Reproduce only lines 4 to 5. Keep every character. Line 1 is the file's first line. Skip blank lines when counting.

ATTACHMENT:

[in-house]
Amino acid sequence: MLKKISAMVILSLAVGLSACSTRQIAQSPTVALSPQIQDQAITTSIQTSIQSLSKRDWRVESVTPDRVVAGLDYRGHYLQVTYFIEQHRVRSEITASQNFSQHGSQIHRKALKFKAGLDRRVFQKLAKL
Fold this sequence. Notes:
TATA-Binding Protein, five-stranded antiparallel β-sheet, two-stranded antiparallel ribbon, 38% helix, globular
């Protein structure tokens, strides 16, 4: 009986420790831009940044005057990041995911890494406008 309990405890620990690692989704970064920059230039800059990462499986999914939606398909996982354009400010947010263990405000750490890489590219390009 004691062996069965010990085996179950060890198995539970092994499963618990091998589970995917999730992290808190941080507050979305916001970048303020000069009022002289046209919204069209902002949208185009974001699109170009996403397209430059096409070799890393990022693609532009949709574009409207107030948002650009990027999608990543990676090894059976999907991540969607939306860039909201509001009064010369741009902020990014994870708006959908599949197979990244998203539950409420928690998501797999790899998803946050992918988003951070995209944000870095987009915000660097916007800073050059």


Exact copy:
TATA-Binding Protein, five-stranded antiparallel β-sheet, two-stranded antiparallel ribbon, 38% helix, globular
């Protein structure tokens, strides 16, 4: 009986420790831009940044005057990041995911890494406008 309990405890620990690692989704970064920059230039800059990462499986999914939606398909996982354009400010947010263990405000750490890489590219390009 004691062996069965010990085996179950060890198995539970092994499963618990091998589970995917999730992290808190941080507050979305916001970048303020000069009022002289046209919204069209902002949208185009974001699109170009996403397209430059096409070799890393990022693609532009949709574009409207107030948002650009990027999608990543990676090894059976999907991540969607939306860039909201509001009064010369741009902020990014994870708006959908599949197979990244998203539950409420928690998501797999790899998803946050992918988003951070995209944000870095987009915000660097916007800073050059």